Risky Business? Wal-Mart Goes Luxe
March 6, 2006,
Secaucus, N.J. — The “L” word — “luxury,” heretofore unmentionable — is springing up all over Wal-Mart’s domestics department, particularly in sheets and other bedding coordinates, as well as in towels.
The effort clearly falls into the top “Wow” portion of a merchandising pyramid unveiled to vendors earlier this year by ceo Lee Scott — intended to drive comp store sales as Wal-Mart’s domestic store base continues to mature. It’s a pyramid that reflects Wal-Mart’s dominance over the opening price point business, acknowledges that it could be stronger in mid-priced goods, and admits that nothing but opportunity exists in luxury, where it presently has no position at all.
Home occupies a central role in Wal-Mart’s thinking. But as late as Friday, at least one analyst, J.P. Morgan, noted customer traffic has been negative for three of the four months since Wal-Mart initiated its new upscale ad push.
“We are becoming increasingly concerned that WMT’s new advertising campaign/merchandise adjustments are failing to resonate with its customers,” wrote analyst Charles Grom in a research note.
With that backdrop, Wal-Mart has enunciated its new strategy as an effort to create a cross-shopping “pull” out of the grocery aisles, where it already enjoys a higher spending, more fashion-conscious shopper, and into its general merchandise and soft lines aisles.
Since late last fall, the retailer has slowly introduced higher thread counts and better goods into its stores, and taken a decidedly bolder tack in its online business. Originally direct sourced only, the program has now expanded to include more branded goods.
The effort has been greeted with both cheers and skepticism by analysts who follow the company. Goldman Sachs hailed the effort a part of a “roadmap” placing management on the “right track” to enhance greater cross-shopping. But J.P. Morgan sees the changes as creating potential “turbulence over the next 12-24 months” because of a “higher risk profile.”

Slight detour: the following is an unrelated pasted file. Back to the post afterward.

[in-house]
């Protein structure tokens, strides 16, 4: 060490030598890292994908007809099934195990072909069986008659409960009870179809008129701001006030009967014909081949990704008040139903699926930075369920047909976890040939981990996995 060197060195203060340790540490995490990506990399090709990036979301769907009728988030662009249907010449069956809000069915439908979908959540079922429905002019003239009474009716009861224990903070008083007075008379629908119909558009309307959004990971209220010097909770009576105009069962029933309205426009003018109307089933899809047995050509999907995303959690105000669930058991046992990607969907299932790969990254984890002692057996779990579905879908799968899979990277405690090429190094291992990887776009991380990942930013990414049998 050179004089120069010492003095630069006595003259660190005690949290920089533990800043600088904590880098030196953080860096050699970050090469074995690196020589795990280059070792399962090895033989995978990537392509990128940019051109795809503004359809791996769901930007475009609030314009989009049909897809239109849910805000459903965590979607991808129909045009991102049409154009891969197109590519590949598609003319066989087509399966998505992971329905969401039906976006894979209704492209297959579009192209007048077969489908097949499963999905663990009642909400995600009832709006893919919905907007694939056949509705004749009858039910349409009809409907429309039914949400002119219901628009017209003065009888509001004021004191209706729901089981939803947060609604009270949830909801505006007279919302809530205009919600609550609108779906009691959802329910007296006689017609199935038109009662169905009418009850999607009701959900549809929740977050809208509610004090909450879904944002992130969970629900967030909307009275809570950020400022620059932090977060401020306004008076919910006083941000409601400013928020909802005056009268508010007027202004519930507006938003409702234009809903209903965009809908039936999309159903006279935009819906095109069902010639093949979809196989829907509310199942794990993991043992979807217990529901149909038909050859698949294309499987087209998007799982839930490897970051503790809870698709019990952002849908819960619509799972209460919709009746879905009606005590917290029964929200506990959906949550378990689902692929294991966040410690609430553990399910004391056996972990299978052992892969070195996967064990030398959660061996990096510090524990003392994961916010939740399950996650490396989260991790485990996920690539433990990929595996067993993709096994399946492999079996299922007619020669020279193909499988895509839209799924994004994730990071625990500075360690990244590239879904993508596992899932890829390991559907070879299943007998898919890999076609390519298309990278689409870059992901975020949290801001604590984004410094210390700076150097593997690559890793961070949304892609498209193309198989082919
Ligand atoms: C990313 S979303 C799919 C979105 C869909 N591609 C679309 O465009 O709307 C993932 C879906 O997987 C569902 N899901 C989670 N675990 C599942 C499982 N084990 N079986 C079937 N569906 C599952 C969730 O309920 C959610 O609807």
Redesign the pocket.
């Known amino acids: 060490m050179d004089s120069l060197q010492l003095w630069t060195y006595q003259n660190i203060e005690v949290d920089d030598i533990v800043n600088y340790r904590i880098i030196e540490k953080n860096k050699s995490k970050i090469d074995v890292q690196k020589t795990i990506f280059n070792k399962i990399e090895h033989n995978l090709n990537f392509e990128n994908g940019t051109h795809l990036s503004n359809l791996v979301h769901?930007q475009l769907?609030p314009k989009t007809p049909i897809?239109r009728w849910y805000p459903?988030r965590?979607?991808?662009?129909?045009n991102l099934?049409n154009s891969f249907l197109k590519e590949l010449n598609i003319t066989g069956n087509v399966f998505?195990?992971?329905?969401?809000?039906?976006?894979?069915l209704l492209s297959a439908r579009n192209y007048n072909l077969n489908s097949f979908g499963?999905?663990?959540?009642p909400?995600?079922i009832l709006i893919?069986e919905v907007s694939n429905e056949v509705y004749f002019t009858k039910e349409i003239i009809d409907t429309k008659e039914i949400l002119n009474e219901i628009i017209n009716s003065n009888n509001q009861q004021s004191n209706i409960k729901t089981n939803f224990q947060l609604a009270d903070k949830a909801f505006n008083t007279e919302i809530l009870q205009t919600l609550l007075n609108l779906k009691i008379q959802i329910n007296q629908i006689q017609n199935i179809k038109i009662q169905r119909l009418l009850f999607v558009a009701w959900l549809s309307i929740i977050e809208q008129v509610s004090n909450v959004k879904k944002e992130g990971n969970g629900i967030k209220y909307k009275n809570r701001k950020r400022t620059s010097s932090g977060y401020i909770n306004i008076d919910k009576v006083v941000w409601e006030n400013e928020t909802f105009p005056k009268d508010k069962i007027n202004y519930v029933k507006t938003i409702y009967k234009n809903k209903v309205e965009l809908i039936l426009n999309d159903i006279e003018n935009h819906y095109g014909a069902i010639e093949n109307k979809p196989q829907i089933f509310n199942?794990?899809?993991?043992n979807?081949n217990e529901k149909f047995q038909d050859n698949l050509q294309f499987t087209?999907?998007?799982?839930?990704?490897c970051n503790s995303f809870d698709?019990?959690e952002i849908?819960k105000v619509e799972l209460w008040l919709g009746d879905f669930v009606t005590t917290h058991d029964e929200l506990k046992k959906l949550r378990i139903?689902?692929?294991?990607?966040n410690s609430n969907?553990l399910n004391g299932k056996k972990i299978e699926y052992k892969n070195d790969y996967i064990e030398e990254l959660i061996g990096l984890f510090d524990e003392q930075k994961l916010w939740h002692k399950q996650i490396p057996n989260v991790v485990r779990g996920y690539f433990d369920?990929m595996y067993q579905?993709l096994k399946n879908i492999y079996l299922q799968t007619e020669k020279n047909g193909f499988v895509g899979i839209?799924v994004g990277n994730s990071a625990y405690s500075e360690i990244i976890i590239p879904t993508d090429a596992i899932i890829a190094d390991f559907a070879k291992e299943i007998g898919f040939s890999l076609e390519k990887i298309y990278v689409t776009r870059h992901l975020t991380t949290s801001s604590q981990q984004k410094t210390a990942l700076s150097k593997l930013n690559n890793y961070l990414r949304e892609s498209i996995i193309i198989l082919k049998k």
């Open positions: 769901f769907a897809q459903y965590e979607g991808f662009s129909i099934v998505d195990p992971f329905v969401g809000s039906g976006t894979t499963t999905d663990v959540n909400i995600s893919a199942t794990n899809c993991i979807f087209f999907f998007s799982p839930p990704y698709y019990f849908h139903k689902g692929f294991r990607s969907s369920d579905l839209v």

“Three key pillars of this new strategy are the following: (1) improving cross-shopping, (2) developing trend-forward merchandise, and (3) updating Wal-Mart’s marketing message,” wrote J.P. Morgan’s Charles Grom in a research note. “In our view, it is still too early to assume a lift from these factors, and we expect WMT’s comps to generally track real consumer spending….”
Grom included a 25-year chart of Wal-Mart’s same store sales. The headline: “The Trend is Not Your Friend.”
Wal-Mart’s senior home merchants were attending off-site meetings last week and did not return calls or email inquiries.
The home department in this suburban New York City discount store is currently in the midst of a major reset in which a third to nearly half of the home SKUs will be replaced with new goods, according to dozens of “confidential” planogram charts pasted to the shelves and awaiting stockouts. But already many of those shelves are carrying the “”luxury” and better goods, among them: